“The city is currently looking for funding partners to pursue this, but we haven’t yet developed a partnership that would make this happen,” Hellman-Tincher said.

The third idea proposed by staff is to develop “opportunity to purchase” programs for tenants.

“The way it works is that before a property owner sells a property, they must publicly notice the sale for some fixed period of time, and that notification is meant to allow community led groups, such as tenants or nonprofits, to make an offer to purchase the property at a market rate sales price,” Hellman-Tincher said.

She said the city is currently studying other jurisdictions that have programs like this already in place to understand the process and whether it would work well for Mountain View.

“We know that we would have to find funding to support these purchases,” Hellman-Tincher added.

The schedule for the rest of the community meetings is as follows:

• Property owners stakeholder meeting on Jan. 18 at 1 p.m.

• Nonprofit developer stakeholder meeting on Jan. 18 at 3:30 p.m.

• Market rate developer stakeholder meeting on Jan. 19 at 2 p.m.

• Tenant stakeholder meeting on Jan. 25 at 4 p.m.

• Tenant stakeholder meeting on Jan. 26 at 6:30 p.m.

The city will finish off the outreach process with a general session summary meeting on Feb. 21 at 6:30 p.m.

“This is something that I’m hoping will happen sooner rather than later,” mobile home resident Morales said during the Jan. 12 meeting. “Displacement shouldn’t happen in the first place, but there are definitely some landlords that don’t care. … Mountain View really needs to be aware of that and take action now.”

Comments

Me
Registered user
North Whisman
on Jan 17, 2023 at 11:59 am
Me, North Whisman
Registered user
on Jan 17, 2023 at 11:59 am

I'm sure that there will be plenty of sound and fury ... and that it will ultimately signify nothing.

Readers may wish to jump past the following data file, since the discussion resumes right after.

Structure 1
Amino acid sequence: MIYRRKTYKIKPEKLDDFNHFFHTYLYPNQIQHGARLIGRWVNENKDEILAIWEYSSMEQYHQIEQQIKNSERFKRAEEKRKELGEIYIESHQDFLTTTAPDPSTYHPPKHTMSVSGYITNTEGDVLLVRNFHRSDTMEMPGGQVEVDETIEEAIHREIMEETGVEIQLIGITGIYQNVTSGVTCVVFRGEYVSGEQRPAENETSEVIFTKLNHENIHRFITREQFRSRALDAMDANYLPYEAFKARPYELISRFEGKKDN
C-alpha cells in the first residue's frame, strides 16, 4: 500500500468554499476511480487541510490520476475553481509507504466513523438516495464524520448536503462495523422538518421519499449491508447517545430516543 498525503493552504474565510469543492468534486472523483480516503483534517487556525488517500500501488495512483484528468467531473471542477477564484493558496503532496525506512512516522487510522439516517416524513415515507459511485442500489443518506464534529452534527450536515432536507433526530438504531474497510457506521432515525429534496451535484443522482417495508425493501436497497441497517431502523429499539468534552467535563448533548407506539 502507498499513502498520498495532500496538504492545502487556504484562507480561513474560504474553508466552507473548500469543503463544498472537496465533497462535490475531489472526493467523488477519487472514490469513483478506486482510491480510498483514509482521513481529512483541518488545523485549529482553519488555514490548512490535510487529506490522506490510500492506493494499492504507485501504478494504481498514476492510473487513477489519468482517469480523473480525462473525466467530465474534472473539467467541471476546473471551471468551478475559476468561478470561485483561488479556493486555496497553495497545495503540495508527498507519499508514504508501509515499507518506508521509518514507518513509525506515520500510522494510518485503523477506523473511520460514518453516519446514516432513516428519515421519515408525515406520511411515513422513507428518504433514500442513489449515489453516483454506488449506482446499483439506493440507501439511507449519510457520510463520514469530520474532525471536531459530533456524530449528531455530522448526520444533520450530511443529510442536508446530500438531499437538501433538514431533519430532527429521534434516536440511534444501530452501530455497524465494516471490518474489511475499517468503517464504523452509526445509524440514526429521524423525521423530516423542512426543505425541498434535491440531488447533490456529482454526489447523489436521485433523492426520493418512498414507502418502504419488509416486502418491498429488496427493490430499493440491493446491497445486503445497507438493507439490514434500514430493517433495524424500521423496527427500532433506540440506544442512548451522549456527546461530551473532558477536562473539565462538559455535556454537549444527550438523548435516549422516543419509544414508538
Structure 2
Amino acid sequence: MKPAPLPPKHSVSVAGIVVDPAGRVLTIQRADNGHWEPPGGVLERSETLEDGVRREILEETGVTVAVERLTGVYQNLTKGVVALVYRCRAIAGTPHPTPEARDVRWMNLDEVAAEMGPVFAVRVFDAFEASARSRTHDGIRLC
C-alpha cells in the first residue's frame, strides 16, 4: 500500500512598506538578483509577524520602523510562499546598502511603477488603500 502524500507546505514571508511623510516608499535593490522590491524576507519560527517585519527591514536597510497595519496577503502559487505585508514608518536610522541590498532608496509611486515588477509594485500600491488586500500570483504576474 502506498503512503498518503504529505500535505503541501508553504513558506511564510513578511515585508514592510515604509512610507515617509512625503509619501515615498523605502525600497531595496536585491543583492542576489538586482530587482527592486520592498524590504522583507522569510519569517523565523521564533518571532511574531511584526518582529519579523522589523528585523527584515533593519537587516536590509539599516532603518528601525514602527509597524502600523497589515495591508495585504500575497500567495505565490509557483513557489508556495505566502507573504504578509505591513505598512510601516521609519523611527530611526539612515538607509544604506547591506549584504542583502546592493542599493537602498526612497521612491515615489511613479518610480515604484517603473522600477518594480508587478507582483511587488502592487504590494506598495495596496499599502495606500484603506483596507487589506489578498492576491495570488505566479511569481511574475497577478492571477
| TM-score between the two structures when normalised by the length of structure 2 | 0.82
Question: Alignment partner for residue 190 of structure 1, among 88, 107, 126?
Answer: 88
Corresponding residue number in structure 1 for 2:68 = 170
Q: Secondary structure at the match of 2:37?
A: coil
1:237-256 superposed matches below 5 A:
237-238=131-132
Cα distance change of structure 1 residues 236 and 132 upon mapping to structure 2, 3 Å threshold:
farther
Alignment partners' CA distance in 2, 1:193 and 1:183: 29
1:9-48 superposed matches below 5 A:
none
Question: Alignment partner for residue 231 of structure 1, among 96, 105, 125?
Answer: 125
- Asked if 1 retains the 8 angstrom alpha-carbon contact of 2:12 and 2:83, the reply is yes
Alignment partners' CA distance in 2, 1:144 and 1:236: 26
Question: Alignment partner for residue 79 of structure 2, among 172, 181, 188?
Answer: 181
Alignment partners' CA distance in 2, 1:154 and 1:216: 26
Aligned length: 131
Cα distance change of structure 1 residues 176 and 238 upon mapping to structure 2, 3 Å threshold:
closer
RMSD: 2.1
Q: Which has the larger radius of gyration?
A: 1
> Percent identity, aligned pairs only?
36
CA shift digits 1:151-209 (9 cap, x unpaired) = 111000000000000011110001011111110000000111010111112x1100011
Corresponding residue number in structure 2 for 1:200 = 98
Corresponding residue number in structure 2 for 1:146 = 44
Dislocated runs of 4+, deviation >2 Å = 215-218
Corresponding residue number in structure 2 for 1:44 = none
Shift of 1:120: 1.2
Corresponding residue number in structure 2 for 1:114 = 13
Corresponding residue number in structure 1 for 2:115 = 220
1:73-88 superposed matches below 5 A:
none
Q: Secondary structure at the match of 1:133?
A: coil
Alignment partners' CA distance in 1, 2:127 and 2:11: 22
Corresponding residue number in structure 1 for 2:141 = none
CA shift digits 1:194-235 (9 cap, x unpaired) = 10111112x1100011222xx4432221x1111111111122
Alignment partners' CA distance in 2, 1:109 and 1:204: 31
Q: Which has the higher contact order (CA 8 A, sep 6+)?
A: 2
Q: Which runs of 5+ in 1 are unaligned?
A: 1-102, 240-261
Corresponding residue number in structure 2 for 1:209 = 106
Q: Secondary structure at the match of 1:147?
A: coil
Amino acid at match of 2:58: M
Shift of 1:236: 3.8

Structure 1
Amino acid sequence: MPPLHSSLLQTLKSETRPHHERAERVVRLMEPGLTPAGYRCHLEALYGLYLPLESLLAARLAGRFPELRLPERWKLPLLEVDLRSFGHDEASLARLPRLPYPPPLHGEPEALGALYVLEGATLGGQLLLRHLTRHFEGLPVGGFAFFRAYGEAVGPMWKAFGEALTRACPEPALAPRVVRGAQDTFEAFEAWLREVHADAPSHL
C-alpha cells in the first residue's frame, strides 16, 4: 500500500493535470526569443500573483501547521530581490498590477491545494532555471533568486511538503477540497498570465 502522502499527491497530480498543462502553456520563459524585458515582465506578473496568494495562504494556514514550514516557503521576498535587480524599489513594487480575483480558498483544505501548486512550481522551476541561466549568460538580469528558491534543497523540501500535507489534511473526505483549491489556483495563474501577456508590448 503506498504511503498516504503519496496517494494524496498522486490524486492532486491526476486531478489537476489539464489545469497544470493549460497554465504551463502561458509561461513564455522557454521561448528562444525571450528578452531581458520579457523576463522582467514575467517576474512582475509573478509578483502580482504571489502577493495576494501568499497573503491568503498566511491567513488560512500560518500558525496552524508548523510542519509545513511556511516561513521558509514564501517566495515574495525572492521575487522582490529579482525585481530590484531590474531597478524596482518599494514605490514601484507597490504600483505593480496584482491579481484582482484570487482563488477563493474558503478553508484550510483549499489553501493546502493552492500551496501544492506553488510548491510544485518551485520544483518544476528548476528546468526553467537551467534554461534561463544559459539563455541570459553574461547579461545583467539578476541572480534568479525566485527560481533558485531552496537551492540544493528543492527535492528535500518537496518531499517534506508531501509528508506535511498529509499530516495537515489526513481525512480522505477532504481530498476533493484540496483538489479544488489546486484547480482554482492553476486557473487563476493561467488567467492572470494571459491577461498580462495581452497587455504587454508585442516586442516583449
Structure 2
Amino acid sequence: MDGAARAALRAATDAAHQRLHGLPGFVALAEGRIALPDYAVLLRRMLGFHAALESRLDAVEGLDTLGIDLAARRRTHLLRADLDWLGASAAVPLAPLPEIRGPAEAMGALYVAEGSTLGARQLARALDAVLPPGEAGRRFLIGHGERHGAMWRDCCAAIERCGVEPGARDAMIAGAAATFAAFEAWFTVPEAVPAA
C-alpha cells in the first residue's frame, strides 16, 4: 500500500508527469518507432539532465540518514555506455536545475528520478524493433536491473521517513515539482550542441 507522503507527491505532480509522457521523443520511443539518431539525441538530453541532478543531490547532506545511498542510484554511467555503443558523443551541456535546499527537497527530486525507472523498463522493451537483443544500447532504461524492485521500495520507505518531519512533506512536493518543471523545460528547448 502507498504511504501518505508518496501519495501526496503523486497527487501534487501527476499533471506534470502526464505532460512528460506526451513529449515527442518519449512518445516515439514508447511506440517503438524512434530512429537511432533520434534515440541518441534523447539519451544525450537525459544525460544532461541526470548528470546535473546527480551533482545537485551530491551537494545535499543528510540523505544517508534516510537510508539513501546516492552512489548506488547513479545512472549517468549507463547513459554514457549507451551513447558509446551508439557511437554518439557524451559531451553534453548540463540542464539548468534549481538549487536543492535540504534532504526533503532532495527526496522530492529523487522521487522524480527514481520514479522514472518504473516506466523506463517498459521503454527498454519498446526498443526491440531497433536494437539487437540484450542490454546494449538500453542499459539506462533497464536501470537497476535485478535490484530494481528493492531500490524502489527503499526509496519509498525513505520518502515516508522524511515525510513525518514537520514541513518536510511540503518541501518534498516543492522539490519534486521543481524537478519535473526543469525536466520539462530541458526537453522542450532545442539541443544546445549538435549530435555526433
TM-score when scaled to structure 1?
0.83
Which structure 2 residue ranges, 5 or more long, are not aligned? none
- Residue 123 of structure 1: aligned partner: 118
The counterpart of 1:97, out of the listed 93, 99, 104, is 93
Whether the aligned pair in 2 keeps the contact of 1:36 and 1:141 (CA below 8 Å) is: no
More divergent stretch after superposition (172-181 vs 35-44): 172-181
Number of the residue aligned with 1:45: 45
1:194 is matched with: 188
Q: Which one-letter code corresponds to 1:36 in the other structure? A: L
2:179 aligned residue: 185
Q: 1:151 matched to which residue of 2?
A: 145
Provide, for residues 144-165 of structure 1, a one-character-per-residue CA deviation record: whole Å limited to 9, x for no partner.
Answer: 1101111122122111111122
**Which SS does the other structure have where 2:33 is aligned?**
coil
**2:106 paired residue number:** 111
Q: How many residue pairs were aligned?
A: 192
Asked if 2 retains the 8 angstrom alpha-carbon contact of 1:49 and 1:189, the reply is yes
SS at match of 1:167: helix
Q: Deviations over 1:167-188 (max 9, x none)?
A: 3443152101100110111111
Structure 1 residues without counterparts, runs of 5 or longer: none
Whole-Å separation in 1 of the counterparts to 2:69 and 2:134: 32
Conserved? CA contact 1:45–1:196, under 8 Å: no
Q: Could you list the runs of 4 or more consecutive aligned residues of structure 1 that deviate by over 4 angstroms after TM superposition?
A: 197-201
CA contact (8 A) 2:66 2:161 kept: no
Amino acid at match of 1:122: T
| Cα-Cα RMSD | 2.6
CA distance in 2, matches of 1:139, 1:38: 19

Our government has no serious desire to address this problem, so all anyone (or any realist, at least) should expect is more window dressings that help like five people and do nothing to address the underlying structural problems.


Steven Goldstein
Registered user
Old Mountain View
on Jan 17, 2023 at 1:04 pm
Steven Goldstein, Old Mountain View
Registered user
on Jan 17, 2023 at 1:04 pm

Just an Observation,

Since the City has failed to produce a housing element plan, the STATE will take over the process.

The STATE laws will increase MANDATORY INCLUSIVE HOUSING REQUIREMENTS.

The STATE will ELIMINATE IN LIEU fees for affordable units.

The City SHOULD have addressed this problem for the last 15 years since I moved here in 2007. But the city refused to take responsibility. So the City will be taken out of the process.


Steven Nelson
Registered user
Cuesta Park
on Jan 18, 2023 at 11:17 am
Steven Nelson, Cuesta Park
Registered user
on Jan 18, 2023 at 11:17 am

@Steve Goldstein. // your simple but concise Observation I think is correct
// so ... if you could keep this simple but correct Focus during an appointed term in office ...
// please finish the forms and actually APPLY

[if you do a poor job - you would not get (re) elected for a second term]

The (policy) power of a Council position, in this council-manager form of city government, is a significant fraction (1/3) of the majority needed to effect policy changes (3/5). In other words, you would only have to vote with 2 other members of the legislature - to effect policy change.


Steven Goldstein
Registered user
Old Mountain View
on Jan 18, 2023 at 11:58 am
Steven Goldstein, Old Mountain View
Registered user
on Jan 18, 2023 at 11:58 am

JUst an Observation,

I cannot find the form for a "letter of intent" where is it?